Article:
There was a study where people were in aVR shark simulation, as the open-mouthed shark was coming towards them, theyall screamed because no matter whether the experience is real or virtual, if itis realistic enough due to it being a physical reaction you will have the samefeeling of being scared.  Maria also says that the way the internet has changedcommunication of information is like the way that VR could change the way we’communicate experience’. For example, if you were to go to an art class, youcould be invited to a virtual art studio, and if you wanted to go on a walkwith somebody, you would be able to invite them to a virtual forest. She saysthat “it will make the world even smaller than it is now and increase theability of people to telecommute and work together across national boundariesdramatically.” This can bring the world closer together on many levels. A psychologist called Skip Rizzo who works at the Universityof Southern California is a director for Medical Virtual Reality has been usingVR from the 1990s. He got into VR as he became frustrated with the toolsavailable that allow rehabilitation for people with brain injuries.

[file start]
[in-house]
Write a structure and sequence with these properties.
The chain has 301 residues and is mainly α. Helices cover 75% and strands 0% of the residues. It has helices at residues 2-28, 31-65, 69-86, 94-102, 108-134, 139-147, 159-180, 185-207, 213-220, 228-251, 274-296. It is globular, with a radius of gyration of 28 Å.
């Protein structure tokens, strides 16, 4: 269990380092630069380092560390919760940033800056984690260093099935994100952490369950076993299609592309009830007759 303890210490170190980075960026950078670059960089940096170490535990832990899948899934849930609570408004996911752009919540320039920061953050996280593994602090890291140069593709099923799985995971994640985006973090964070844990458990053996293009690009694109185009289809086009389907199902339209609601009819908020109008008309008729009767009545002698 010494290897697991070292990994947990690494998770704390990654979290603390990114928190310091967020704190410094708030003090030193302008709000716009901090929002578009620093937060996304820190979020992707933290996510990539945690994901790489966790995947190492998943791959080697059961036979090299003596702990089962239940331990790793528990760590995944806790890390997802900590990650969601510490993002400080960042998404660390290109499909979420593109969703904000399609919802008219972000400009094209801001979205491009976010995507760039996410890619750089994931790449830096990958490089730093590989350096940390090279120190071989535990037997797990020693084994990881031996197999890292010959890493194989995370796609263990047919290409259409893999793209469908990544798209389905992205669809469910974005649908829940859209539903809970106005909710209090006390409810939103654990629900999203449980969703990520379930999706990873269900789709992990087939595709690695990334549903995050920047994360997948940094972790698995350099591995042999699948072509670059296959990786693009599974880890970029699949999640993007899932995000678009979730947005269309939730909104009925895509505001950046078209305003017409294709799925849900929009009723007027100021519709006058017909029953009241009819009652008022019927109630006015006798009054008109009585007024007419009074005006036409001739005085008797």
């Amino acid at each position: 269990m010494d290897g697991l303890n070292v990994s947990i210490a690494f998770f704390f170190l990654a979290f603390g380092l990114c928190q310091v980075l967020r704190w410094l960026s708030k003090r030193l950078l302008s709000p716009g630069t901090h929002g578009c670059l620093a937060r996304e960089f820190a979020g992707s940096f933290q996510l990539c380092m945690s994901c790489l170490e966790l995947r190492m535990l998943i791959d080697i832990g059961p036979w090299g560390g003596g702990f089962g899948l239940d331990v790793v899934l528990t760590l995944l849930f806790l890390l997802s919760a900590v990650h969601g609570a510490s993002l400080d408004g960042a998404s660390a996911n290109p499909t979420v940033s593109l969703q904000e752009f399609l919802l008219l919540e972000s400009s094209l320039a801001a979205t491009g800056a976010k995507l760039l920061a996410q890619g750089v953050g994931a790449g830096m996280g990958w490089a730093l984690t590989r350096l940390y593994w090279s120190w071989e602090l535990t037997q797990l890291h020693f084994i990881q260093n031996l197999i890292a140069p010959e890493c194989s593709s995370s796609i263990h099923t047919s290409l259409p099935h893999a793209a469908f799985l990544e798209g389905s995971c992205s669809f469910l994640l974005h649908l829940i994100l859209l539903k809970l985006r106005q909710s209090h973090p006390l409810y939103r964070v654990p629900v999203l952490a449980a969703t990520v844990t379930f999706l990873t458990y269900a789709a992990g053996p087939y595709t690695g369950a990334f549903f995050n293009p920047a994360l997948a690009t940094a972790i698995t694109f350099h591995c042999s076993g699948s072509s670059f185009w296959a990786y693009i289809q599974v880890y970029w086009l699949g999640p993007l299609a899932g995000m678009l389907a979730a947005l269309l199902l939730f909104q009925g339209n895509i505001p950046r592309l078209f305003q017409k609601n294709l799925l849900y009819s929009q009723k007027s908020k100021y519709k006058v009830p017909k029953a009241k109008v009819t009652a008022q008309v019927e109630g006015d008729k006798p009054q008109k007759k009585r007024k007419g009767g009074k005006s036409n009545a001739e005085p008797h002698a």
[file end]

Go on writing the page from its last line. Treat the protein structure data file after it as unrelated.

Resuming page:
Hisresearch started when he found out that most of his brain injured clients wereplaying video games as people who find it hard to maintain attention and focuson various everyday tasks were able to focus on these games and their conditionwould get better.  The first big question he asked was “Could we build virtualenvironments that represent everyday challenges to help cognitive rehab?” Thefirst thing he was involved in doing was building environments from videos ofIraq and Afghanistan, as well as talking to veterans so that they could have adeeper understanding of the environment. The first experience they createdinvolved riding a Humvee in diverse types of areas. The first trials involvedputting somebody who was traumatised in a situation back in a simulation ofthat experience, however they did it at a gradual level, to allow the person tohandle it. The person running the experiment was able to change the time ofday, lighting and sounds to greater allow the patient to handle it.